This past semester, I studied the price of oil and its relationship to the cost of climate mitigation. It culminated in a paper for Professor Michael Oppenheimer that showed sustained record prices for oil will help make deep emission cuts much cheaper than before. The current price acts not only as a large tax on oil, to the tune of $200 per ton of carbon dioxide, but also pulls the price of other fossil energy sources up as well (as we have been reporting for natural gas and coal). Such a price level was unfathomable in previous mitigation cost models such as the Stern Review estimate of a high oil price being $80 per barrel (70% below today). If oil prices rise to $250 per barrel next year as Gazprom projected that would be equivalent to an almost $500 per ton of carbon dioxide without policymakers having to intervene. The current higher prices, as modeled in the Stern Review, would move optimal concentration of greenhouse gases down a great deal from the 550 parts per million (ppm) level originally estimated by the 2006 study. Continue reading
Today, the biggest source of growth in global oil demand cut subsidies that were exaggerating its appetite for the fuel. China, beginning Friday, is increasing the price of gasoline, diesel, and jet fuel by 17%, 18%, and 25%, respectfully. Their price is still below the global market equilibrium, but the increase should help to keep demand from growing as swiftly as their economy (which grew 10.6% in the first quarter of 2008). This should help the demand side of the equation a bit and helped oil prices slide a few dollars today. But the risk of continued increases in the price of oil and gasoline remains as supply struggles to suffice the demand of a growing world population and economy. In fact, large banks such as Credit Suisse and Barclays Capital predict non-OPEC oil production will plateau and even fall slightly in the coming years bringing $150+ oil prices.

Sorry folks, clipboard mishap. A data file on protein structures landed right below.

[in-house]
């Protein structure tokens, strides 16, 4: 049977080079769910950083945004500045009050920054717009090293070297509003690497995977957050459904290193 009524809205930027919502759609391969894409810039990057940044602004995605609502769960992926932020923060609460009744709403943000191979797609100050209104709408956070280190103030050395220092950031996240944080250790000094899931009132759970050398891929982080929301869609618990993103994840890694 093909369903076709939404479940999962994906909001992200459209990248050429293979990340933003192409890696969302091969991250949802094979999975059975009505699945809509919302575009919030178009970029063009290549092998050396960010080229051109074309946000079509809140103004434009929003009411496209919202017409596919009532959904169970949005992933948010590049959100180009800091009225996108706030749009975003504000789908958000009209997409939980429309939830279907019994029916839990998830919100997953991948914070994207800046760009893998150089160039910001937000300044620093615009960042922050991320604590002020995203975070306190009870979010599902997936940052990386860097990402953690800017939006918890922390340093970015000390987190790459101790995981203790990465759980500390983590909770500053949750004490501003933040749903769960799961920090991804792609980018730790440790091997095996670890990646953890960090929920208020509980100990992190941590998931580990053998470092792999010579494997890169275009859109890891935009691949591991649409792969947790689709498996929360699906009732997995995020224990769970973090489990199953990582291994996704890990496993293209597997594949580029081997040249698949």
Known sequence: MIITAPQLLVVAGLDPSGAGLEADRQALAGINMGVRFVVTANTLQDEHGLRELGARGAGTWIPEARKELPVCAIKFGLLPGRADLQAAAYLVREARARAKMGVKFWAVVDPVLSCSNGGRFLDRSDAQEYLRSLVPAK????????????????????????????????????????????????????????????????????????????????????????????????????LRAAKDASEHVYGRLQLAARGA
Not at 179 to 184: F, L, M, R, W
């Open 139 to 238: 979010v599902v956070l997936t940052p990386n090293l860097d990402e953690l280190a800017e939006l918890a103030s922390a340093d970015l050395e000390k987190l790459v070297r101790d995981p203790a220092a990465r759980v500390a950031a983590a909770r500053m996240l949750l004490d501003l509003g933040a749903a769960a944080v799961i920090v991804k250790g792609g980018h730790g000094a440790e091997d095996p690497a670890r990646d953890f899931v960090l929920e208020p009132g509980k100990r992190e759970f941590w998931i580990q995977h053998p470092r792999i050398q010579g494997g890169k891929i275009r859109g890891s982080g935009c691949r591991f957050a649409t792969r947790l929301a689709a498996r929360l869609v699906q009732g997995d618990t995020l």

In natural gas news, Continue reading
As discussed before, all fossil fuels are at historic highs currently. Natural gas is the only major fuel that is not at an all-time high in the US — but that record could be broken this winter, if not before. The key reasons emerge from both supply and demand.
On the demand side, our consumption is rising swiftly. After a 6.5% leap in consumption in 2007 (almost half of global demand growth), the EIA predicts another 2.2% of demand growth in 2008.
On the supply side, Continue reading
Coal has been hailed as an abundant, cheap source of energy for over a century. Compared to oil, it is abundant with its 3.3% production increase in 2007 versus oil’s decline. But even with the increase in supply, demand is currently growing faster and driving price increases that rival its fossil fuel cousins. Additionally, as I mentioned a few blogs back, the annual BP Statistical Review of World Energy reported a huge drop in proven reserves of 7.3%. After printing a reserves total of 909 billion tonnes at the end of 2006, the number fell to 847 billion tons at the end of 2007. The largest downward revisions occurred in India, Poland, Indonesia, Brazil, the Czech Republic, Turkey, and Pakistan and are left unexplained as they surpass the amount produced.
The price of internationally traded coal has doubled over the last year, Continue reading